The first edition of The Dawn of Liberation is bound in coarse, blue cloth. The dust jacket is colored bright yellow on the upper half transitioning into purple on the lower half, with print in white and black. There were two printings of the British first edition, the second published in January 1947. Collectors should note that the first printing dust jackets are unique, the second printing distinguished by changes to flap content.
The U.S. first edition was published by Little, Brown and Company, who had wanted a different title, calling The Dawn of Liberation "slightly ponderous" (Cohen, Volume I, A214.1.a, p.674). Churchill's preference prevailed, which is perhaps just as well; the year before Little, Brown and Company, proposed "The Year of the Climax" for the book ultimately published as Onwards to Victory " which Churchill considered "a very much more suitable title" (Cohen, Volume I, A194.1.a, p.647).
The U.S. first edition is bound in red cloth stamped in gilt with black title panels on the spine and front cover. The illustrated dust jacket is printed red, black, and white with a full length photo of Churchill in a navy pea coat and naval cap, striding forward. There were three printings of the U.S. first edition, all in August 1945.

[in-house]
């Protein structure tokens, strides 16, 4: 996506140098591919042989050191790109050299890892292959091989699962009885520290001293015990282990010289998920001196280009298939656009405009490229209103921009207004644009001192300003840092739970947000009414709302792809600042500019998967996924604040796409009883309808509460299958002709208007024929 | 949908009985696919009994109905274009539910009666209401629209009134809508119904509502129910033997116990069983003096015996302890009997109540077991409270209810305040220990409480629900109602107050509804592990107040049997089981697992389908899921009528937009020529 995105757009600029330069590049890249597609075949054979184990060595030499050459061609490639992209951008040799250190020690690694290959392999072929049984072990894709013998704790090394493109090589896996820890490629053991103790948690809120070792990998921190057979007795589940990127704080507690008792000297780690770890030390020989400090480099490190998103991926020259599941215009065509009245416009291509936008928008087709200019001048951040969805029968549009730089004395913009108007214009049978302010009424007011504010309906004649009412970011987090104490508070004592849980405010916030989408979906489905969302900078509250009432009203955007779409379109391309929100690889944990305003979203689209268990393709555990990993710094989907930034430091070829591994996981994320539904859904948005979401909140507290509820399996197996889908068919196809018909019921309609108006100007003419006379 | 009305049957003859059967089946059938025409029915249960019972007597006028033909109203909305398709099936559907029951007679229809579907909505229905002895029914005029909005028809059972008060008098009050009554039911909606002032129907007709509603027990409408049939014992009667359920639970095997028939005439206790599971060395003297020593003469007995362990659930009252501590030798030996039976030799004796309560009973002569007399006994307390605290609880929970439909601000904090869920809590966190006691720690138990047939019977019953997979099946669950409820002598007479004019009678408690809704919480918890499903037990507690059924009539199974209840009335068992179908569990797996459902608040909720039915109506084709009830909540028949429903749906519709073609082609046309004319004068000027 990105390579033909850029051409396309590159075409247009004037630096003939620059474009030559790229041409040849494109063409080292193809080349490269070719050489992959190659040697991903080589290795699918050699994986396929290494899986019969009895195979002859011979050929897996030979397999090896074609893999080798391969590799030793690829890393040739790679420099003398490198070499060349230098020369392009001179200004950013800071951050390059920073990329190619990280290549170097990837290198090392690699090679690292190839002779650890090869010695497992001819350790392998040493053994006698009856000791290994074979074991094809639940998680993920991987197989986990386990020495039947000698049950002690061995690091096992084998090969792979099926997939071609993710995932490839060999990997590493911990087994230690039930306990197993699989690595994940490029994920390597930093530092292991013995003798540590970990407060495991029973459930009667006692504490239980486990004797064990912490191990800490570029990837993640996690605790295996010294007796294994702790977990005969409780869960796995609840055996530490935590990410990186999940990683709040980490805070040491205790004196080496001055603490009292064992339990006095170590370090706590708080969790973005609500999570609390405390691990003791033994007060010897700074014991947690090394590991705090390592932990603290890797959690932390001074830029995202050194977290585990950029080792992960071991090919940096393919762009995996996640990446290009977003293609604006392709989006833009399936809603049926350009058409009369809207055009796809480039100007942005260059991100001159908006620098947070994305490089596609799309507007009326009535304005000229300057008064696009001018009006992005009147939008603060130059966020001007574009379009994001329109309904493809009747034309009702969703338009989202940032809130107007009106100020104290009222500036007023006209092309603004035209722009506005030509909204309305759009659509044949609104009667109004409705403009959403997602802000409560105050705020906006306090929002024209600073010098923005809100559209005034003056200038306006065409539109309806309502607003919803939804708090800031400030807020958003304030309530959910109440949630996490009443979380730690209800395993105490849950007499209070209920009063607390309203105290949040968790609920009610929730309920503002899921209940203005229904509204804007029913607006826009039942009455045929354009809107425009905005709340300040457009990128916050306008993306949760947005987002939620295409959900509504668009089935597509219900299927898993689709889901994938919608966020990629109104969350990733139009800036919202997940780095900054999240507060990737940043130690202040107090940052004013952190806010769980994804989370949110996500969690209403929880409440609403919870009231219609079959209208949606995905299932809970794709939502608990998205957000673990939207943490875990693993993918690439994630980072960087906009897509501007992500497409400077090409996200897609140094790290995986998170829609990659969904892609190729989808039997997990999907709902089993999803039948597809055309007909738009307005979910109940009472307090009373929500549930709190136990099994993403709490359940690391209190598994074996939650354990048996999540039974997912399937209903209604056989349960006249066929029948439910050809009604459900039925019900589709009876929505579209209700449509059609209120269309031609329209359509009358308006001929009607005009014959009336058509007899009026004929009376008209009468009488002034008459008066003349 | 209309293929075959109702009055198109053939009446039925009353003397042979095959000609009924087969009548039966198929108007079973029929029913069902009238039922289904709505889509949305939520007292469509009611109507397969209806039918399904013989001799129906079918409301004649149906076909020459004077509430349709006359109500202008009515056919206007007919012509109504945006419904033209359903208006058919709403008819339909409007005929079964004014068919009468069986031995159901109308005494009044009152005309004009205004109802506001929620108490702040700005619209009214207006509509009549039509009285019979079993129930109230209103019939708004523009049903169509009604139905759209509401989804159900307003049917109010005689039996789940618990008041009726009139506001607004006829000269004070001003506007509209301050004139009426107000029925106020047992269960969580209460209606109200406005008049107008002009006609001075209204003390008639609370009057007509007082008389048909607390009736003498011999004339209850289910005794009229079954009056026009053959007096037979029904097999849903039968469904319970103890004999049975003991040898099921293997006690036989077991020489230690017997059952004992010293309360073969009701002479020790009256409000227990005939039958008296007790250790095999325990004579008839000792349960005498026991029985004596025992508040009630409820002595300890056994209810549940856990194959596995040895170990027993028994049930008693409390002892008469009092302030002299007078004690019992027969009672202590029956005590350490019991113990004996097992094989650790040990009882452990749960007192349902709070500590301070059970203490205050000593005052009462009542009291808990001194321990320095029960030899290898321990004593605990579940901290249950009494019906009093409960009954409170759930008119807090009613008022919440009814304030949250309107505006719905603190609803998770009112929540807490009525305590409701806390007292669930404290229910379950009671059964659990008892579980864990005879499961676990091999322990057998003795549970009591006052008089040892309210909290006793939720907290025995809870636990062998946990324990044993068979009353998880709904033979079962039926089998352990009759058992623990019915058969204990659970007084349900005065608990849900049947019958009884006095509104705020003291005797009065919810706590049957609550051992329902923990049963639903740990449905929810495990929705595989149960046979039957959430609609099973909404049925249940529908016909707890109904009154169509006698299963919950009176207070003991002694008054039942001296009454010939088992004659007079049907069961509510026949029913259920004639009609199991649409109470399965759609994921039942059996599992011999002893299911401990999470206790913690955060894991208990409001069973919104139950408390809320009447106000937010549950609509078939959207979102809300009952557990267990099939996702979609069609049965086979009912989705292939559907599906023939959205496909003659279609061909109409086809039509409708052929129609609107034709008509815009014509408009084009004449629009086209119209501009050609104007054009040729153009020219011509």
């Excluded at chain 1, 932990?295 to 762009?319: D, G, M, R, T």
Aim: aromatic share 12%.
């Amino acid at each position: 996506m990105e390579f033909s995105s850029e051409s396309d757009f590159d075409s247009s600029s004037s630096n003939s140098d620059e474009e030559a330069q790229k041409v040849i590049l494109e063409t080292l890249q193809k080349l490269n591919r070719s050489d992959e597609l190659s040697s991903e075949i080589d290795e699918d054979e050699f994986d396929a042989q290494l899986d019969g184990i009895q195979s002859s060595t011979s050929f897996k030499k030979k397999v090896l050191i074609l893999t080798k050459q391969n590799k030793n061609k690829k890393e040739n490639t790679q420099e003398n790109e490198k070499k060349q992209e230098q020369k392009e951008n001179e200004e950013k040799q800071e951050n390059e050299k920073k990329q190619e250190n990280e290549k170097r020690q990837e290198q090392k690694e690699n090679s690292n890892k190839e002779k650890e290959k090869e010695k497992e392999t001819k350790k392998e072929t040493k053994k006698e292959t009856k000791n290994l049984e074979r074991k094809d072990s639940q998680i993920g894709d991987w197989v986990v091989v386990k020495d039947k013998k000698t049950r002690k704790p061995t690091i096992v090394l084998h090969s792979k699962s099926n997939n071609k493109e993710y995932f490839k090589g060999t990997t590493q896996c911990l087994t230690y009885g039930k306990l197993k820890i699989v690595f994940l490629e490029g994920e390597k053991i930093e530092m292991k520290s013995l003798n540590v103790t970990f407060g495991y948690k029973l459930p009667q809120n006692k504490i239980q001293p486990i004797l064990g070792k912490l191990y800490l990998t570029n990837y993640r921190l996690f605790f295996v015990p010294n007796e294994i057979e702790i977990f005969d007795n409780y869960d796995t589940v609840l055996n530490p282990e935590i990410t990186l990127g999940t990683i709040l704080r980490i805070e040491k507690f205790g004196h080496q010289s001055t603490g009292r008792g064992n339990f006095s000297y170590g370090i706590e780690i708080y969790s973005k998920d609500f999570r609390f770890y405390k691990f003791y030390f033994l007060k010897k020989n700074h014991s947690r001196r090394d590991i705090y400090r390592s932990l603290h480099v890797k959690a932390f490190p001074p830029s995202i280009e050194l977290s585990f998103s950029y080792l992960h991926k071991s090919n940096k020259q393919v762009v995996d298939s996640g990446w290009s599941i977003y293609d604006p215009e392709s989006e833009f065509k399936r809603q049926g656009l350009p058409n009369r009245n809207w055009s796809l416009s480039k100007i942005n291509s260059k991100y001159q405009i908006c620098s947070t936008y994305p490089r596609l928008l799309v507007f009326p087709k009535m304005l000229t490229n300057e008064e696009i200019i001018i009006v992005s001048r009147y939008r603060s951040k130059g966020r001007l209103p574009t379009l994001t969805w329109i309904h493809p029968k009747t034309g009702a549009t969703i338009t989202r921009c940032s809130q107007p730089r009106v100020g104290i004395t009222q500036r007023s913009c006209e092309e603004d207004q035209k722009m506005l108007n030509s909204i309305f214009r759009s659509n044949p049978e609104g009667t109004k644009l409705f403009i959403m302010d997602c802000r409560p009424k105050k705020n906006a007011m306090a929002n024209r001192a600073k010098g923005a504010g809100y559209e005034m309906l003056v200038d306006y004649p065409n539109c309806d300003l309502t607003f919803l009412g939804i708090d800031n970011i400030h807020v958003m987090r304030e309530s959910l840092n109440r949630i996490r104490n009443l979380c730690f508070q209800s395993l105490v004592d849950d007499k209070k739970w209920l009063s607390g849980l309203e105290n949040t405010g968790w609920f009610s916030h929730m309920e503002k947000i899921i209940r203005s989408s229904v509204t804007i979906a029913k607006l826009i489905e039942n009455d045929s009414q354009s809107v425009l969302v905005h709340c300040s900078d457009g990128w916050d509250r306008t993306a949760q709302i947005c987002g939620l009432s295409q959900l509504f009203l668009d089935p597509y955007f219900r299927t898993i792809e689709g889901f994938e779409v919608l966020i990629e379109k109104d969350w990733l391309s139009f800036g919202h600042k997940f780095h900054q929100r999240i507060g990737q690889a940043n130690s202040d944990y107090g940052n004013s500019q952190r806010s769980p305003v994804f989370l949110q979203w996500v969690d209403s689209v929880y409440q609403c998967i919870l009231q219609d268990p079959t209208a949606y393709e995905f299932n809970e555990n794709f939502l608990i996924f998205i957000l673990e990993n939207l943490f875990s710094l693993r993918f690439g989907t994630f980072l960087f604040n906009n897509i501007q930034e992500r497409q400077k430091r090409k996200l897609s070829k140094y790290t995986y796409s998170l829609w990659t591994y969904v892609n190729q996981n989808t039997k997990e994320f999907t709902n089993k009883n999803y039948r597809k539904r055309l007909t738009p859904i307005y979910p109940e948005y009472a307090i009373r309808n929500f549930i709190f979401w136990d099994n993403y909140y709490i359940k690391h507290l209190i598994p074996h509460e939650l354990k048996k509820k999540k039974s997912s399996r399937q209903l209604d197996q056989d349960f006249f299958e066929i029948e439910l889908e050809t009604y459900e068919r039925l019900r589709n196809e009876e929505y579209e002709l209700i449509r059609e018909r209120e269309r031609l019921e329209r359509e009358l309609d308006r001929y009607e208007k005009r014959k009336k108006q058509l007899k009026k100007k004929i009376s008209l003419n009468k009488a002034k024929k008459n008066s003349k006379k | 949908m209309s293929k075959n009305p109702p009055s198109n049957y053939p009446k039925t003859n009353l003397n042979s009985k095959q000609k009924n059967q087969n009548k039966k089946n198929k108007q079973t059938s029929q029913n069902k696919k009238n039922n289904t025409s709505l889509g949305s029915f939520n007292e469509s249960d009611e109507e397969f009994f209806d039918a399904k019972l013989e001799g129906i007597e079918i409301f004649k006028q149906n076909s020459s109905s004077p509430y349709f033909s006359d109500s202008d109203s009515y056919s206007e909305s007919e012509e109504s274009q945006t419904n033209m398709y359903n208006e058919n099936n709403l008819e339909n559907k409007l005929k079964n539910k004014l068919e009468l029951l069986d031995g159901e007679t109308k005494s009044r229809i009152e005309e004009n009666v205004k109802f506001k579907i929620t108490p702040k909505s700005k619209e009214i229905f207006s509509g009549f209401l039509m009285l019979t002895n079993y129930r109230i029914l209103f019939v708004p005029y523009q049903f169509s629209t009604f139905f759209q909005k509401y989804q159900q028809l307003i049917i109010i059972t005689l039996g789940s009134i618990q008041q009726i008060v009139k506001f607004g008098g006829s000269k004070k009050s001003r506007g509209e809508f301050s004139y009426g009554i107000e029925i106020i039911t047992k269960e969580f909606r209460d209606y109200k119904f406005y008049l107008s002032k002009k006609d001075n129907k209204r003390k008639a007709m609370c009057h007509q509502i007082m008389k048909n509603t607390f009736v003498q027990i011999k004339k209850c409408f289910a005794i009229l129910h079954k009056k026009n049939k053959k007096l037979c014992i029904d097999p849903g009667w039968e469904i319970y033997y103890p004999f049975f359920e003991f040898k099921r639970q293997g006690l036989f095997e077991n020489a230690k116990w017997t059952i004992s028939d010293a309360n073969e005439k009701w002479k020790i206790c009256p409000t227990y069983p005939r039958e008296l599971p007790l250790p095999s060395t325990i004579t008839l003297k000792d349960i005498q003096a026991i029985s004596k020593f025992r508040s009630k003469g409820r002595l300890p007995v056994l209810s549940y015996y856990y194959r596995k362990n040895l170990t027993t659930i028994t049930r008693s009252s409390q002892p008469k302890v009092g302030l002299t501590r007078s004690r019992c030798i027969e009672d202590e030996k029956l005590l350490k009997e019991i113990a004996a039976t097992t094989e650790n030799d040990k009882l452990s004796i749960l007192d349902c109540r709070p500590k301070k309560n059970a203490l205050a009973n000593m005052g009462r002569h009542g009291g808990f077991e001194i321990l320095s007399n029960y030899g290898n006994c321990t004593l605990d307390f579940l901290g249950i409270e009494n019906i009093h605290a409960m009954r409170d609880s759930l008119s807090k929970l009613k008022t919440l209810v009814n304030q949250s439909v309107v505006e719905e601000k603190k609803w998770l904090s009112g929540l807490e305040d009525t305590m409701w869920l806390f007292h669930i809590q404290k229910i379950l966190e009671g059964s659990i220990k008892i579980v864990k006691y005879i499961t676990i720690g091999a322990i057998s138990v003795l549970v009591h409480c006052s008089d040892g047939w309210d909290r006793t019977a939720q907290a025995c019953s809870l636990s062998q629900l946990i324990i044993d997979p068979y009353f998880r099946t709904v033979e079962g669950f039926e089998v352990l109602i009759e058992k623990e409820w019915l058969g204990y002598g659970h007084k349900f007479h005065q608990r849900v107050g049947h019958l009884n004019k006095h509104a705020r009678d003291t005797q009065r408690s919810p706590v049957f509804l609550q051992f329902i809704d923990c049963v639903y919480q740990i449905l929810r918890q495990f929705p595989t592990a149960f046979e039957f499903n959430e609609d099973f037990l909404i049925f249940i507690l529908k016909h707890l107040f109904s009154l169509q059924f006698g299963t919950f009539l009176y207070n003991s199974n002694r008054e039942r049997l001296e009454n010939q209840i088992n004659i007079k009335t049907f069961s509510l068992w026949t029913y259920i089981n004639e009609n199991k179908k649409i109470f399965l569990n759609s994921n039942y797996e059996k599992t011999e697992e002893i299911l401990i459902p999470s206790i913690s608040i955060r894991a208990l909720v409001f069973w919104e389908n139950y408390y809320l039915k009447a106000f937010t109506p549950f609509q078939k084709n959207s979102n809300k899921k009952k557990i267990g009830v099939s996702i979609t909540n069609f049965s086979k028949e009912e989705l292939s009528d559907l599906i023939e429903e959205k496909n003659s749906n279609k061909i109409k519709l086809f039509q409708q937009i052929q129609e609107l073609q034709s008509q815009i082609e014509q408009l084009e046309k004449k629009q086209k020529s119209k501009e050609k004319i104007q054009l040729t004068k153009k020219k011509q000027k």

As with the British editions, there were eventually seven individual U.S. volumes of Churchill's war speeches published between 1941 and 1946. However, unlike their British counterparts the U.S. editions vary considerably in publisher, size, and appearance. The first volume, with a U.S. title of Blood, Sweat, and Tears, was published by G.P. Putnam's Sons, in a binding style matching Putnam's publications of Great Contemporaries (1937), While England Slept (1938), and Step By Step (1939) but with a distinctively unique dust jacket. Volumes 2-6 were published by Little, Brown and Company. Each of these five volumes was bound in red cloth with a black and red illustrated dust jacket, but the volumes differ considerably in height with volumes 4-6 smaller. Wartime material rationing is cited as the reason for this shrinking on the Volume 5 dust jacket flap. The final volume was published by Simon and Schuster in an entirely different size, binding, and dust jacket style.
A Canadian edition was issued from U.S. plates, bound and jacketed as the U.S. edition with the Canadian publisher's name (McClelland and Stewart) substituted for that of the U.S. publisher. All seven Canadian war speech volumes were published by McClelland and Stewart, with only the first and final volume dust jackets differing appreciably from their U.S. counterparts.
Rounding out the English language first editions of The Dawn of Liberation was an Australian first edition published by Cassell, Melbourne, in 1945. While there were ultimately seven British, U.S., and Canadian first editions of Churchill's war speeches, there were only six Australian editions, there being no Australian edition of the first volume, Into Battle. The bindings of the Australian edition war volumes vary considerably within and between each edition. The dust jackets roughly echo the style of the British first editions, though with significant differences, particularly to the first (The Unrelenting Struggle) and final (Secret Session Speeches) volumes.